Creating Digital Socieities: Governments urged to prioritize affordable, reliable connectivity


Alliance for Affordable Internet (A4AI) is urging all governments, particularly African leaders to prioritize affordable, reliable and meaningful internet connectivity for their people as a prerequisite to creating digital societies around the world.

“Governments must prioritize reliable, affordable, and meaningful connectivity for their citizens if they are serious about securing the benefits of a digital society for everyone,” it said in the executive summary of a report on Creating Digital Societies.

They argued that to benefit from digital technologies, people need regular access with fast speeds, enough data and sufficient devices.

A4AI estimated that, while two in three people in the world today are now online, according to the current definition of internet access, some one billion people still lack the meaningful connectivity they need to make the most of the internet.

“For an individual, meaningful connectivity can mean the difference between access to education, banking, and healthcare — or none of them. For a society, it can determine how realistic and how impactful digitalisation programs will be,” the report explained.

Furthermore, many of current and future innovations will remain out of reach for the vast majority of the population in each of these countries who remain unconnected or have only basic access.

The report advances the Meaningful Connectivity framework as a way to support more inclusive societies and strengthen digital economies. It measures the gap in the number of people with just basic internet access and those with meaningful connectivity and examines what this digital divide means for people’s online experiences.

The framework focuses on four pillars: 4G-like speeds, smartphone ownership, daily use, and unlimited access at a regular location, like home, work, or a place of study.

The report looks at nine low and middle income countries (Colombia, Ghana, India, Indonesia, Kenya, Mozambique, Nigeria, Rwanda, and South Africa), using mobile phone surveys to estimate the number of people with meaningful connectivity in each.

We found that, on average, only one in ten people in these countries have meaningful
connectivity. This compares with just under half who have basic internet access, by latest official figures.

Here are some finding in the report:

• Across all nine surveyed countries, estimates of meaningful connectivity remain far behind national figures on internet use, underlining that there are large inequalities among
those who are online, as well as between those with and without internet access.

• There were large variations in the number of people with meaningful connectivity in the countries we studied, ranging from one in four people in Colombia to fewer than one in 160 Rwandans.

• Consistently in all nine countries, urban internet users were more likely to have meaningful connectivity than rural internet users. The rural meaningful connectivity gap in Rwanda is 267% – meaning that Rwanda’s digital economy would need to grow another 2.5 times over exclusively in meaningfully connecting rural communities to close the urban/rural divide.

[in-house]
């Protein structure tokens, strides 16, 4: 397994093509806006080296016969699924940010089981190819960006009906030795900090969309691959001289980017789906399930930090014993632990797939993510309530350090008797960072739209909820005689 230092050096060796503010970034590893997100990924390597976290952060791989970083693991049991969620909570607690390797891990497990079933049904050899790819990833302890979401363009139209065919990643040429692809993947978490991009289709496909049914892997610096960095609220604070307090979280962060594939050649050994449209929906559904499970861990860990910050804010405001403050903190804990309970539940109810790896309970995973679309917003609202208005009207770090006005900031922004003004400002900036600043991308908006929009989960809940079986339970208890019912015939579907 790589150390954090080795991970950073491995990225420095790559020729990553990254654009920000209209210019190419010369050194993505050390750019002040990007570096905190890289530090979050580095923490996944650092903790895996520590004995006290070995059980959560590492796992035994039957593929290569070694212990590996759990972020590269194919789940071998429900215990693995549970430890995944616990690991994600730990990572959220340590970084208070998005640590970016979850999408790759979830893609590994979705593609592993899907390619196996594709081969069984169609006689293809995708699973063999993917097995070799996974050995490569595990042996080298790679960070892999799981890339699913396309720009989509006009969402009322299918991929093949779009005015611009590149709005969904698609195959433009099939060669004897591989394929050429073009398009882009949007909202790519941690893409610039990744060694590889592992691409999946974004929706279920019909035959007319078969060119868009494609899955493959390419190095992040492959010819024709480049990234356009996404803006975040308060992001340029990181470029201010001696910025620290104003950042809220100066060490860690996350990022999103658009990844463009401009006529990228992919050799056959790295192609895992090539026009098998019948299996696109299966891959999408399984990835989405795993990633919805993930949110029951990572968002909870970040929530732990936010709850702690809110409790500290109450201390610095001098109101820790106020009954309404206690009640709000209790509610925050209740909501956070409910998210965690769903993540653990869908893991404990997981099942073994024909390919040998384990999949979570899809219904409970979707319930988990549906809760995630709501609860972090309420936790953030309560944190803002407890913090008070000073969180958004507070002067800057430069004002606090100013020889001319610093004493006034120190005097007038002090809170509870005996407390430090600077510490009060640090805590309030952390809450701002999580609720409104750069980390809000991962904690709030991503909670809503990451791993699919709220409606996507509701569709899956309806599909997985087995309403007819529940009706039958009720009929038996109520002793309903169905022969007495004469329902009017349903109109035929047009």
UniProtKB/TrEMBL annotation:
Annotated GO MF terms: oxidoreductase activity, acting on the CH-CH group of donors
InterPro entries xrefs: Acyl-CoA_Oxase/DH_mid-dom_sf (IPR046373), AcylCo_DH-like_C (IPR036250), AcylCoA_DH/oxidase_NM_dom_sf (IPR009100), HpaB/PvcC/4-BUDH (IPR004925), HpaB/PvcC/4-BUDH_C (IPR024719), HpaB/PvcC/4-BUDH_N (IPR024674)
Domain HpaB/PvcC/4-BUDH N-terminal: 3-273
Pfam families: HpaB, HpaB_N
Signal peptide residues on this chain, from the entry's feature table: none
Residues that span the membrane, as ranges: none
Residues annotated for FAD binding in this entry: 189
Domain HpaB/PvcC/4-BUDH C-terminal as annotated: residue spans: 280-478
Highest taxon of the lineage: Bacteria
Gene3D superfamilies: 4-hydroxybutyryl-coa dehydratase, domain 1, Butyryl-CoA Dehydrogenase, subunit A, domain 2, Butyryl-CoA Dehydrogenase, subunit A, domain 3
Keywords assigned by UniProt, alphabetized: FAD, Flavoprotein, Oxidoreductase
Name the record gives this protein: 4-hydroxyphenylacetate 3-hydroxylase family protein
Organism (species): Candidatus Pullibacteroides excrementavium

• Men who are online are more likely to have meaningful connectivity than women who are online. These disparities exist even in countries that have closed the gender gap in basic access, such as South Africa and Colombia. Meaningful connectivity offers enormous
benefits to those who have it. The survey asked respondents about their experiences online
and found:

• Internet users in our surveys generally report high levels of informational confidence, suggesting that internet access, even basic access, has huge potential to share essential information and create more informed populations.

• On average, eight of ten internet users in our surveys felt confident to look up the symptoms of Covid-19 online. Over half could look up how to book a medical appointment, report a crime, and book a ticket on public transportation.

• Users with meaningful connectivity were around a third more likely to do essential activities online like access healthcare, take a class, look for a job, or participate in the digital economy.

• Users with meaningful connectivity were more socially active (12% more likely to post
on social media) and politically aware (13% more likely to know when the next elections
are) than those with only basic access. As governments develop their broadband policies
and national digital agendas with the lessons from the Covid-19 pandemic, meaningful connectivity offers a framework to set targets and ambitions for internet access that has an impact on individuals’ lives.


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